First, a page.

Thinking Anarchism

I have lived more than half of my life as an anarchist. The majority of that time was spent learning about anarchism as a type of activism. As a result, for many years of my life I believed quite strongly that anarchism was nothing more than a particular subset of activism. You can understand this as a statement about the orientation of anarchism toward practice. Activism, for me, was something that one did in the world, it was act-based and not, as it were, thought-based. It took me at least a decade to begin to disrupt this prevailing orientation. Now I believe that it is quite the opposite: activism is something like a subset of anarchism, or, to be more precise, something which can be partially united with anarchism. But it is explicitly not something that can be entirely reduced to it. Rather, thinking, it seems to me, already has within it the possibility of acting, of, to borrow a phrase from Alejandro de Acosta, “direct action at the level of thought.”
At this point I am willing to maintain that anarchism is *not* a practice. I realize that this goes against much of the tradition that we know and love, and that, more than that, it goes against the prevailing orientation of the pro-anarchist milieu. In fact, it goes against my own previous understanding. But the point must be made, and it must be made well: anarchism is primarily a type of thinking. Already I have two concepts which deserve to be interrogated by all anarchists: act and thinking. We shall find, I have no doubt, that in order to act, and to act authentically in the world such that our results are meaningful from the perspective of revolutionary strategy, one must begin to think what it means to act. To these two concepts I would like to add another: tradition. 

 

At the very beginning of this blog I used the word tradition in a fairly casual way. Tradition is something we take for granted. Naive anarchists often claim that if anarchists had a tradition it would be necessary that we destroy it. In this understanding, tradition is something which is an authority, and, moreover, which coerces us, and perhaps robs us of our freedom. However, tradition also authorizes our freedom. To Dostoevsky’s point that “if God is dead, everything is permitted,” Lacan reformulated: “If God is dead, then nothing is permitted.” Well, it is the same with tradition: if tradition is dead, if it has no authority, then freedom is not permitted. This means that we have no way to transmit our experiences as anarchists to future generations. As a result, anarchism dies at fairly young age, as it always has. And so we must locate within our tradition points which make anarchism relevant for the experiences of our time, and, moreover, to the people who make use of the tradition.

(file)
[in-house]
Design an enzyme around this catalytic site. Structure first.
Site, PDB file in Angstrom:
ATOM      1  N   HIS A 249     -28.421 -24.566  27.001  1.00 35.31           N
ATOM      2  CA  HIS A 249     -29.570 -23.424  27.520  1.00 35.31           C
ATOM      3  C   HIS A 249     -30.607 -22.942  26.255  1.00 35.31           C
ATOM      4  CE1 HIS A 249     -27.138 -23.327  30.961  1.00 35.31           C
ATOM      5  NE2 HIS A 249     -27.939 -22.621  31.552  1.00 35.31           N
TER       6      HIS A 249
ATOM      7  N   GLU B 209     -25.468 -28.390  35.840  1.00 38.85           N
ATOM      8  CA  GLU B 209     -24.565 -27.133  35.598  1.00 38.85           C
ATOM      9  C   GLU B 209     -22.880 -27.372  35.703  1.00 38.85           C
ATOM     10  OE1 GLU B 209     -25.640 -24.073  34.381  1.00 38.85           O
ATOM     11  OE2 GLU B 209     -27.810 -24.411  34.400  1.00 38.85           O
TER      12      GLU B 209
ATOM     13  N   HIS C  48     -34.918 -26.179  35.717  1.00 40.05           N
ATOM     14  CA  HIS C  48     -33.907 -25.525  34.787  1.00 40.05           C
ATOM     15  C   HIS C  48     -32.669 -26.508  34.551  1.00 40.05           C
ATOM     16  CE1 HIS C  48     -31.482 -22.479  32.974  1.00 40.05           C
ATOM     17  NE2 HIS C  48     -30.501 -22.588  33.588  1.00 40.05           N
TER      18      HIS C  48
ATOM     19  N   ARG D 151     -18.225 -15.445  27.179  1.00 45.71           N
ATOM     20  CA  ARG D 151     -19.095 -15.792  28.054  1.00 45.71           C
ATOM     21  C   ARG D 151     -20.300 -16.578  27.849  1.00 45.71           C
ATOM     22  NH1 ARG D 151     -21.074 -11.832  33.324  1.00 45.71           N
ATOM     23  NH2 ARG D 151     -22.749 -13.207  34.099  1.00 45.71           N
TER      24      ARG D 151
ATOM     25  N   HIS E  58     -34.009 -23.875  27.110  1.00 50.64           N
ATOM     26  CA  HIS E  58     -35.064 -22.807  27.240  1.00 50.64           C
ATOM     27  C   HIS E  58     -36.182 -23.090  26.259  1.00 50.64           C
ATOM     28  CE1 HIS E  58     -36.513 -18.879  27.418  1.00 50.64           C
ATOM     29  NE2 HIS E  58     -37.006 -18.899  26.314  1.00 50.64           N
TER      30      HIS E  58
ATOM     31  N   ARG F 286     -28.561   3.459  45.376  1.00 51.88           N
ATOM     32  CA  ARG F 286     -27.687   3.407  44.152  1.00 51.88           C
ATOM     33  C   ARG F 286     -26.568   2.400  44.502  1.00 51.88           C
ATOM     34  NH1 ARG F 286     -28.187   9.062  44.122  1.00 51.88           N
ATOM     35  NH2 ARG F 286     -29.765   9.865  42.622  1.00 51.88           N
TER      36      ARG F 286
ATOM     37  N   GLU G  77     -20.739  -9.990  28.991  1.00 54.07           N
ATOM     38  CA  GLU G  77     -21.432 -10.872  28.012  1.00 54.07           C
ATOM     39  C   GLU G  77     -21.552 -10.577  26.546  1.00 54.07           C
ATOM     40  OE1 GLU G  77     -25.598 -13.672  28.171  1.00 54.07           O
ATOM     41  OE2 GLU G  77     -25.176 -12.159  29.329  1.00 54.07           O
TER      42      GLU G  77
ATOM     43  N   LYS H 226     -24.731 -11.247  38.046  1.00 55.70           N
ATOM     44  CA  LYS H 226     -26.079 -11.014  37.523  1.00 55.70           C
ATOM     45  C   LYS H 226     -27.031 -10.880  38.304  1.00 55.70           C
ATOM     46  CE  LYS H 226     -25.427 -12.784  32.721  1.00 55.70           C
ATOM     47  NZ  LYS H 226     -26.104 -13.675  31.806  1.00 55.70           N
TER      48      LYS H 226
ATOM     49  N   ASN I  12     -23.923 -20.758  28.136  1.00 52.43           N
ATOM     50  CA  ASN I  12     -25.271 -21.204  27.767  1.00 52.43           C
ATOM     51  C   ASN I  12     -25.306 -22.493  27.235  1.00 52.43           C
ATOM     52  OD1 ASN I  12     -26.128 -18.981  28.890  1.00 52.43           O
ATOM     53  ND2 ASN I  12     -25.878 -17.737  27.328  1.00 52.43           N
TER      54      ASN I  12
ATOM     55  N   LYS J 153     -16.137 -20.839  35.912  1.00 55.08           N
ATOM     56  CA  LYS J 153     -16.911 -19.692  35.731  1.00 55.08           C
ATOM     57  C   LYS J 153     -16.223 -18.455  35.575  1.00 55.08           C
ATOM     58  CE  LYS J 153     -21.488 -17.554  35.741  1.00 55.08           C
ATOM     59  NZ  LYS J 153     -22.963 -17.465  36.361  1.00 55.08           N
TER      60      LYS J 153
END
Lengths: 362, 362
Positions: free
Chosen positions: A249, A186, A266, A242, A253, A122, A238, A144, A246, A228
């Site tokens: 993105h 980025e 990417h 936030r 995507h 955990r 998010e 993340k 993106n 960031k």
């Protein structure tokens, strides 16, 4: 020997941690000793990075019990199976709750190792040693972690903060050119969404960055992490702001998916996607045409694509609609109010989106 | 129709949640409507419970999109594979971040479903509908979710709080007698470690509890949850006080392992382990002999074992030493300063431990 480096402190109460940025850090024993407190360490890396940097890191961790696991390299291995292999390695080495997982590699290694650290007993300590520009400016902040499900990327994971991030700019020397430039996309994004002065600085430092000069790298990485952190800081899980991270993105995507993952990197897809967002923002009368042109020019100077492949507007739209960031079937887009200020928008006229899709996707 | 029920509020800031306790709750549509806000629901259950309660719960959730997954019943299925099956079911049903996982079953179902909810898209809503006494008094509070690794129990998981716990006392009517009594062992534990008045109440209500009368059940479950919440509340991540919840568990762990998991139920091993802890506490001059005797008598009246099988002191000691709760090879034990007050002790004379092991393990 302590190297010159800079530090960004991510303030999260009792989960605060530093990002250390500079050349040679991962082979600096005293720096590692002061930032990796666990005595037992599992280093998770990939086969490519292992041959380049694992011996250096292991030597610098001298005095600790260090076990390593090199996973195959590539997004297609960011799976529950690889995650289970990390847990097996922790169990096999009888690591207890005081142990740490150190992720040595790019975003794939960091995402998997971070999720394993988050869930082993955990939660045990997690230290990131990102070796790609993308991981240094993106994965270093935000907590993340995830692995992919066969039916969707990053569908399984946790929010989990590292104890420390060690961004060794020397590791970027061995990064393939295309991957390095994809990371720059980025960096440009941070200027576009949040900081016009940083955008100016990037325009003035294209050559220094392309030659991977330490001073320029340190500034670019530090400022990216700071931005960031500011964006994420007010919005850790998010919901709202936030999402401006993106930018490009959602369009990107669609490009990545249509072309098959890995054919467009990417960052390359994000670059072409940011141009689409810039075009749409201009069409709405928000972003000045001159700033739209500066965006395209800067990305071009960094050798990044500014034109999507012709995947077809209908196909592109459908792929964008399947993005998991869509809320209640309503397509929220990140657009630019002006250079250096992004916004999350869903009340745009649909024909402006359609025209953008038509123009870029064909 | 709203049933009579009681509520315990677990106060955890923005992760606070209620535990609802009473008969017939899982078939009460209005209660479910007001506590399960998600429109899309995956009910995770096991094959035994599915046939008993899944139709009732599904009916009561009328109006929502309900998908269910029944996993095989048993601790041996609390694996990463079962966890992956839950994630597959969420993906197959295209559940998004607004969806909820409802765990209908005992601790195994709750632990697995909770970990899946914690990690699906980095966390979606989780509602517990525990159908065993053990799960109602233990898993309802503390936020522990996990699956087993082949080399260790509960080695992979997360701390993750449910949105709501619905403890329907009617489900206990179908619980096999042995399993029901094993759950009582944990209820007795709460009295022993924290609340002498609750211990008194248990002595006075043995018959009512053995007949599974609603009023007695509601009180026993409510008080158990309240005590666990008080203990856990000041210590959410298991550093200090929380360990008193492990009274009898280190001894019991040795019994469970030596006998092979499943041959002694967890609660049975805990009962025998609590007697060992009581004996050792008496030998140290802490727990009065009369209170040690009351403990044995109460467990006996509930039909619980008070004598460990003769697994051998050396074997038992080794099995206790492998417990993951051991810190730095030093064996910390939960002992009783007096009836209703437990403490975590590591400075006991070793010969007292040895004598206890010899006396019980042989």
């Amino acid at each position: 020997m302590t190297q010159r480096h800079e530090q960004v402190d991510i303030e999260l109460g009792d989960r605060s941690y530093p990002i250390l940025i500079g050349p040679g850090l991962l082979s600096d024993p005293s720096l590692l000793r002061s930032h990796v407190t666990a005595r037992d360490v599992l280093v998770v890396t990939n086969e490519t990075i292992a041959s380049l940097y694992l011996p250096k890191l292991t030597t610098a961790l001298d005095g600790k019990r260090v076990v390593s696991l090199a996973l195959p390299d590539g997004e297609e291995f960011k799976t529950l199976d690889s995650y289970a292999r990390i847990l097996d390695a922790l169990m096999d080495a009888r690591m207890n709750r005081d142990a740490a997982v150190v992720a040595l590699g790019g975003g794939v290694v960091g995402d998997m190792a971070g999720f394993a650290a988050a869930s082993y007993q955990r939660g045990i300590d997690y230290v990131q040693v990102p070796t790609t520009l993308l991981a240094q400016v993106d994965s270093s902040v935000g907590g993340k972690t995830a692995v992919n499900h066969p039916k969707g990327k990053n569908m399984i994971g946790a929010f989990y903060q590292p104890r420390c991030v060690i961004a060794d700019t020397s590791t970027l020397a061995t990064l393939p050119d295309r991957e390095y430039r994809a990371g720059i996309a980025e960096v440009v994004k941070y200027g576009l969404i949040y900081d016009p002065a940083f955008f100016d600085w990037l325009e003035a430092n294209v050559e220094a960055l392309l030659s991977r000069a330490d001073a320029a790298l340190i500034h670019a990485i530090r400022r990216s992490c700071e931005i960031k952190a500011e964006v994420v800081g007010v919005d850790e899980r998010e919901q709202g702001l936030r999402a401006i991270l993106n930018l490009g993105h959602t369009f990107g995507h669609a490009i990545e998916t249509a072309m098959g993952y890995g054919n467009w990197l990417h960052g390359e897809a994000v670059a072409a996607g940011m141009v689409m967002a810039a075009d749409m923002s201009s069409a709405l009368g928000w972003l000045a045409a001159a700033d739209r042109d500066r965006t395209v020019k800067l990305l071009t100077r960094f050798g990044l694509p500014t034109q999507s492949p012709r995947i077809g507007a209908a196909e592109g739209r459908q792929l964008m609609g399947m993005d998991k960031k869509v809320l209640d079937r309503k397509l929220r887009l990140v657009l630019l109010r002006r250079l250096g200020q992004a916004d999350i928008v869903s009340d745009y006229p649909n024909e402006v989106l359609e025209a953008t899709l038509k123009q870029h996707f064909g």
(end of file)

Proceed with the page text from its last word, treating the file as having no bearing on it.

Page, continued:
The question arises: how can we locate within tradition these points? Most of us tend to believe that traditions are hard knowledges, things which do not change, as if they are hard-coded into history. The task of thinking consists of disrupting this understanding of tradition. Previously, many anarchists have been content with this understanding of tradition as hard knowledge, and this is why on the one hand, we have dogmatists whose reading of the tradition is so fixed that it no longer speaks to our experience, or, on the other hand, we have nihilists (the bad kind) who reject tradition entirely. The latter group of people do not realize that by rejecting tradition for being authoritarian one also inadvertently presumes that tradition has more power than it actual does. And so we must think. Thinking is always a practice of reading tradition for new points of departure. And through this process we find the ability to act.

To act is never to repeat, unless that repetition disrupts the prevailing orientation of the world. Tradition, in some sense, is precisely a form of repetition. And so to act is to produce a new form of repetition into the world. We produce something that can be repeated through a language that can be understood. An act is not a repetition of an old tactic that has never worked within this world. It is the construction of a new tradition within and against the coordinates of the prevailing order. An act finds what from the very beginning disrupts the present and opens up a hole in the future. As an anarchist, this has been my experience. From the very beginning I have been thinking about the possibility for acting.

And so this leads me to a plea. If, on the one hand, there are more anarchists within the university than ever before, and if, on the other hand, anarchism, as a body of thought, no longer seems to have anything holding it together in the form of a tradition – or, dare I say it, in the form of a serious journal, then the only hope we have for the future is to renew the tradition. I once described this as fortifying the troops, but that is an unfortunate idiom – the point is that we need to act now to save our tradition precisely so that an authentic act – and make no mistake about it, anarchism is *the* thinking of authentic acts, what anarchism offers politics as a form of thinking – can remain possible. There may very well be other avenues for thinking the political act, I have no doubt about it. However, I believe, as I hope many of you do, that anarchism still offers the most fertile conceptual toolkit. Our tradition has always been a thinking of the act.

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